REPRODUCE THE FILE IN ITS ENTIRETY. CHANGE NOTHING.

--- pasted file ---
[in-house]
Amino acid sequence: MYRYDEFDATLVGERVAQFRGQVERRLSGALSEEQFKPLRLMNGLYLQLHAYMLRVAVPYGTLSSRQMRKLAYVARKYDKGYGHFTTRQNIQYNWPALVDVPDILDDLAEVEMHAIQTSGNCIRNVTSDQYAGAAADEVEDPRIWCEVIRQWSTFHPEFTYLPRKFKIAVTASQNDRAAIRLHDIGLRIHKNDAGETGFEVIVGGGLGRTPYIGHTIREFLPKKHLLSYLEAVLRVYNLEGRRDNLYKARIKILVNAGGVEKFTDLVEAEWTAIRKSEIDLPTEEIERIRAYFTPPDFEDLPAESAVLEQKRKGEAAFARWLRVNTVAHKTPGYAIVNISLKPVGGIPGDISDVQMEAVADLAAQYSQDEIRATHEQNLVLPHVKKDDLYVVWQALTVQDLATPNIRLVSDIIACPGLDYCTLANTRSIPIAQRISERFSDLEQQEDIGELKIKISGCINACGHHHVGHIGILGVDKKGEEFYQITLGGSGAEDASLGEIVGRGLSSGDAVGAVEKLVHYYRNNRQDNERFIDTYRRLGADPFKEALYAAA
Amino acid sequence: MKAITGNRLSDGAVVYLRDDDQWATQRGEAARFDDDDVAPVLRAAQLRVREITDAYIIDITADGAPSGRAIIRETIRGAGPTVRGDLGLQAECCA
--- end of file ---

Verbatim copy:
[in-house]
Amino acid sequence: MYRYDEFDATLVGERVAQFRGQVERRLSGALSEEQFKPLRLMNGLYLQLHAYMLRVAVPYGTLSSRQMRKLAYVARKYDKGYGHFTTRQNIQYNWPALVDVPDILDDLAEVEMHAIQTSGNCIRNVTSDQYAGAAADEVEDPRIWCEVIRQWSTFHPEFTYLPRKFKIAVTASQNDRAAIRLHDIGLRIHKNDAGETGFEVIVGGGLGRTPYIGHTIREFLPKKHLLSYLEAVLRVYNLEGRRDNLYKARIKILVNAGGVEKFTDLVEAEWTAIRKSEIDLPTEEIERIRAYFTPPDFEDLPAESAVLEQKRKGEAAFARWLRVNTVAHKTPGYAIVNISLKPVGGIPGDISDVQMEAVADLAAQYSQDEIRATHEQNLVLPHVKKDDLYVVWQALTVQDLATPNIRLVSDIIACPGLDYCTLANTRSIPIAQRISERFSDLEQQEDIGELKIKISGCINACGHHHVGHIGILGVDKKGEEFYQITLGGSGAEDASLGEIVGRGLSSGDAVGAVEKLVHYYRNNRQDNERFIDTYRRLGADPFKEALYAAA
Amino acid sequence: MKAITGNRLSDGAVVYLRDDDQWATQRGEAARFDDDDVAPVLRAAQLRVREITDAYIIDITADGAPSGRAIIRETIRGAGPTVRGDLGLQAECCA